In one episode, the workers take a trip to the office’s “perpetuity wing,” a revered hall featuring wax figures of the founder and early leaders of Lumon, along with their stirring quotes. In another, the severed workers’ supervisor subjects them to a hymn in honor of Lumon’s founder.
Granted, these actions are especially weird for a workplace. But it’s worth asking whether your own company may be asking for unconditional devotion. Are workers given the space to disagree with policies and even provide honest feedback on the mission, or is this seen as sacrilege? Are there mandatory “fun” chants, extraneous committees or rituals? Employees need the space and power to opt out when they disagree.
Remember that mental health is not toxic positivity
More workplace attention is being paid to employee mental health, and it’s high time. Workers bring their minds to work, along with their strengths and foibles. Some days are better than others, and even in work relationships that are healthy and open, we never really have full access to what someone may be going through.
Lumon Industries has a solution for tough times: Send workers for a session with the wellness counselor, Ms. Casey. What then unfolds is a hilarious litany of positive facts about the worker’s “outie,” recited in Ms. Casey’s calming, ASMR-inducing voice: “Your outie is generous. Your outie is fond of music and owns many records. Your outie is a friend to children and to the elderly.”
For workers having a tough time, it may be tempting to apply a balm of positivity: “You’re doing a great job.” “You’re such an asset to the company.” While recognition is good and plays an important role, it’s no substitute for mental health resources. Employees need to know they can take a break if they need one, and they need access to options like counseling (of the non-Ms. Casey variety).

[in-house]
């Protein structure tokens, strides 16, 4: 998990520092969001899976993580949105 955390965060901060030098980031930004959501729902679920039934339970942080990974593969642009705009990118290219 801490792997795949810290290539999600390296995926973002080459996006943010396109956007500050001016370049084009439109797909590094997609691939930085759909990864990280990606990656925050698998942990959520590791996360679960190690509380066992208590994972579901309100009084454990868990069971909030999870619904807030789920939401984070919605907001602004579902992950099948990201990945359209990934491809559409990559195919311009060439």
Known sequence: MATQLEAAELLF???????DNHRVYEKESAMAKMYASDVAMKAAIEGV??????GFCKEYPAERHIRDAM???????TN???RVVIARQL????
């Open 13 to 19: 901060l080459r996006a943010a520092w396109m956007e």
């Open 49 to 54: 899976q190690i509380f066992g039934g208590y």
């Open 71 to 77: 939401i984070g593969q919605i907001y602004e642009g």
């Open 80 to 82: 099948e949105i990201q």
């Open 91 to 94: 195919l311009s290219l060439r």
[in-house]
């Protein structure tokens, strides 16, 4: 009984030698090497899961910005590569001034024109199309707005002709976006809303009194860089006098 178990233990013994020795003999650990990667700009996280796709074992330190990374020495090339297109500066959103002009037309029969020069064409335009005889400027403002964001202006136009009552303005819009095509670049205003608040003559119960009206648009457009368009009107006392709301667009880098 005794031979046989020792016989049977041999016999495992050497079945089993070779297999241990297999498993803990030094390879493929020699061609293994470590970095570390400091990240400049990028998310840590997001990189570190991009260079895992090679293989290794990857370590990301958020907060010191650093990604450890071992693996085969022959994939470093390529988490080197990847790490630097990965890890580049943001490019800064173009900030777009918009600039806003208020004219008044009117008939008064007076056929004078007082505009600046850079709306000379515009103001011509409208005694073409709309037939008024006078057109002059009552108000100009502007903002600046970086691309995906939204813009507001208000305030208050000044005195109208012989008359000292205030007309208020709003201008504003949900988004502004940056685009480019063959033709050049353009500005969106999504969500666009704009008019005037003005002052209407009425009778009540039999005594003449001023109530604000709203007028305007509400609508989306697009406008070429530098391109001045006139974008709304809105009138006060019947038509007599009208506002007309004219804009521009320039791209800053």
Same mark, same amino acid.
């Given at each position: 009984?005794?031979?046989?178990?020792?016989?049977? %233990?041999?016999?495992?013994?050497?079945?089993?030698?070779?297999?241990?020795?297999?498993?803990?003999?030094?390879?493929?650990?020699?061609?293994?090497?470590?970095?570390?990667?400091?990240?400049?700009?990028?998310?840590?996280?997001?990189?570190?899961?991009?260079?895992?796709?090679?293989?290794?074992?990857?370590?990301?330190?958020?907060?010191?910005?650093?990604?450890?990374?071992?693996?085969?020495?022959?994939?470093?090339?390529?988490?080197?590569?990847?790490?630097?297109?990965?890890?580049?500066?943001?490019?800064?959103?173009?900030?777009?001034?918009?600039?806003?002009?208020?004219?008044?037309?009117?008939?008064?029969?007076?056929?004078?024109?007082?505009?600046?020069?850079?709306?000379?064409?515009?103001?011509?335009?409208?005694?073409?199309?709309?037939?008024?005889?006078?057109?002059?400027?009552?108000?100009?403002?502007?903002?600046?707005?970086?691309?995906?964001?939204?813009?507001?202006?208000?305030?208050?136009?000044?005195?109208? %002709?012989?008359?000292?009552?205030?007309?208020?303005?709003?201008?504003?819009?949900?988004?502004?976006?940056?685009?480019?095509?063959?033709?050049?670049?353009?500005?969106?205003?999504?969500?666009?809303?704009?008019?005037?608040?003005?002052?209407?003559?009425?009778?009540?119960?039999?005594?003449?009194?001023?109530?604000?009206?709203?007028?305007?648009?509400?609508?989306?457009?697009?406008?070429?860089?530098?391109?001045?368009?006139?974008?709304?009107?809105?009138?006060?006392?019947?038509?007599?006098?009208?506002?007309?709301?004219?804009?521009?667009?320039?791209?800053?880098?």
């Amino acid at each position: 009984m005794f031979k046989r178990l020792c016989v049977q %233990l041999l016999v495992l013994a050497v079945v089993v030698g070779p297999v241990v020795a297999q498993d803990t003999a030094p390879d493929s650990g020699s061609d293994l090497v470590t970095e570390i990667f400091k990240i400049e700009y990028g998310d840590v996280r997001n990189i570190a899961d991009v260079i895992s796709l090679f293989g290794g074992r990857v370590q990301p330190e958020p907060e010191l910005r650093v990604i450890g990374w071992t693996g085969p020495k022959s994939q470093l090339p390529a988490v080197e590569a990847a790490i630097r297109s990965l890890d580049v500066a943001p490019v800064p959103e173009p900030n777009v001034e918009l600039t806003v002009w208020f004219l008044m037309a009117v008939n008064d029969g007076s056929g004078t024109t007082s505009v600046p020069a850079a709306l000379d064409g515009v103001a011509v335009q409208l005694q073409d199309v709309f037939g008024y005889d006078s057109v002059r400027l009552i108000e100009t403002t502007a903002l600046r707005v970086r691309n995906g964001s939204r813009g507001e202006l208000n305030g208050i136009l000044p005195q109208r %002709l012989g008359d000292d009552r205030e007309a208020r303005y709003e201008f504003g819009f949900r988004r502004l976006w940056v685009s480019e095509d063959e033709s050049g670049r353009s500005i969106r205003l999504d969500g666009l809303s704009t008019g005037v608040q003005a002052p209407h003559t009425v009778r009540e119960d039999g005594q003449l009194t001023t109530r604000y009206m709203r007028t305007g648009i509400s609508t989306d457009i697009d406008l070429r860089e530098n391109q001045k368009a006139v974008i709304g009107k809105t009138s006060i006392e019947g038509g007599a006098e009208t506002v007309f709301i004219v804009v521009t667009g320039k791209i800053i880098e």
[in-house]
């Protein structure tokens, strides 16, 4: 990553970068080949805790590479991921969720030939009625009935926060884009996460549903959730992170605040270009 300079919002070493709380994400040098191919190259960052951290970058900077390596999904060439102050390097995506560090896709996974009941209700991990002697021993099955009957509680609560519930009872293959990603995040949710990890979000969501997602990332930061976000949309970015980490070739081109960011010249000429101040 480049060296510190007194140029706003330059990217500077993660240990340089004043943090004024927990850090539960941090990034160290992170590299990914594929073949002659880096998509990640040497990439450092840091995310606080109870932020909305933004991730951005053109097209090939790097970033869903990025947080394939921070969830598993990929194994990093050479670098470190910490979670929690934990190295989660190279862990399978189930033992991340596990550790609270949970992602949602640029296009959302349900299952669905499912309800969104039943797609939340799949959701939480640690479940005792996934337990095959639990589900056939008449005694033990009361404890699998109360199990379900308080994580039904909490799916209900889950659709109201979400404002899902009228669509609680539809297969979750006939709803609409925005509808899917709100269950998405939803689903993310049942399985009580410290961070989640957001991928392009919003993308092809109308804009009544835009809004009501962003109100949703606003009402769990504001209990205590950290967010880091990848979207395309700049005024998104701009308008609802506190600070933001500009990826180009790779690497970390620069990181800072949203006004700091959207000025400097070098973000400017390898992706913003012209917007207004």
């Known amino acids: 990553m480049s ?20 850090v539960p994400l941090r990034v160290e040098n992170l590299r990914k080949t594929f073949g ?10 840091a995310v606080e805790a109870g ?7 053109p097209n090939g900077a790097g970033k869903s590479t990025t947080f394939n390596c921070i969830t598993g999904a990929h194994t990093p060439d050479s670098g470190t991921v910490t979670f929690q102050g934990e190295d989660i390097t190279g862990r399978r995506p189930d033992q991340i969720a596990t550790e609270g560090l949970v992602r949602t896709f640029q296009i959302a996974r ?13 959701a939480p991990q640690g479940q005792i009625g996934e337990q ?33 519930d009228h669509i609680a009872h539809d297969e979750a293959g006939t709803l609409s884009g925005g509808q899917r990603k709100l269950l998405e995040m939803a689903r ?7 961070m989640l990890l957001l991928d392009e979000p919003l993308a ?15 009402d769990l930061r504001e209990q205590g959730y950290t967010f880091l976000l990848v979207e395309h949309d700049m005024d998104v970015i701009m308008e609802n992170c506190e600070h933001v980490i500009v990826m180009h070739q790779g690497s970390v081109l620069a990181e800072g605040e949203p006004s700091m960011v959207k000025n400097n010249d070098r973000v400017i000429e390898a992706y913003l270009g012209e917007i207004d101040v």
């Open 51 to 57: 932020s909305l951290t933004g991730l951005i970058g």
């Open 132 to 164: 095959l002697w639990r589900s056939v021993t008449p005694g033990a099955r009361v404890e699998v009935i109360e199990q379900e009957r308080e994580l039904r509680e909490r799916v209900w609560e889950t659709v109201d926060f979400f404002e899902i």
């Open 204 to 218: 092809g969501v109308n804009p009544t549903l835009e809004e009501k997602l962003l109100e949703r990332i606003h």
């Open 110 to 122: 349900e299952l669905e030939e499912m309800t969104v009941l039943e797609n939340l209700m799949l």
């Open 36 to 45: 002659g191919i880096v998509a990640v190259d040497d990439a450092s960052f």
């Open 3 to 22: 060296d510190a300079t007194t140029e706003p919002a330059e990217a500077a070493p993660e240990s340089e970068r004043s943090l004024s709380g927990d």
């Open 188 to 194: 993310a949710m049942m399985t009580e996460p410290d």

Note that work-life balance does not mean work-life severance
HR has been attempting to navigate the work-life approach for years. While the idea of achieving balance is ideal — and employees need to be able to clock out — some have questioned the notion. Many advance “work-life blend” or “work-life integration” in its place: A policy that gives workers space to run necessary errands or make appointments whenever they need to, without use of limited PTO, as long as the work gets done.
Integration, you’ll note, is the opposite of severance.
Throughout the first season of Severance, it becomes clear that some severed workers chose the procedure to escape painful circumstances in their personal lives. They are responding to a truism that work can often provide a helpful routine, a way to shut off your emotional brain when you need a break from grief or trauma. But this flow state we fall into cannot be sustained for eight uninterrupted hours a day, five days a week — nor would we want it to.
In a late-season episode, one Lumon worker discovers he has a son outside the office, shattering his contentment in his severed state; he feels deprived. HR pros have told me stories of poor management from supervisors who never bothered to learn their kids’ names, or even if they had kids. Leaving at 5 p.m. to “return” to one’s life is not the work-life balance that seems to fulfill us.
Whatever you call the work-life equation, work and life happen simultaneously. Sometimes that means leaving at 3 p.m. for a soccer game and finishing the spreadsheet after. Sometimes that means a diversion in Slack about a new show you’re watching.
And it always means understanding we’re full people at work — not two divided selves.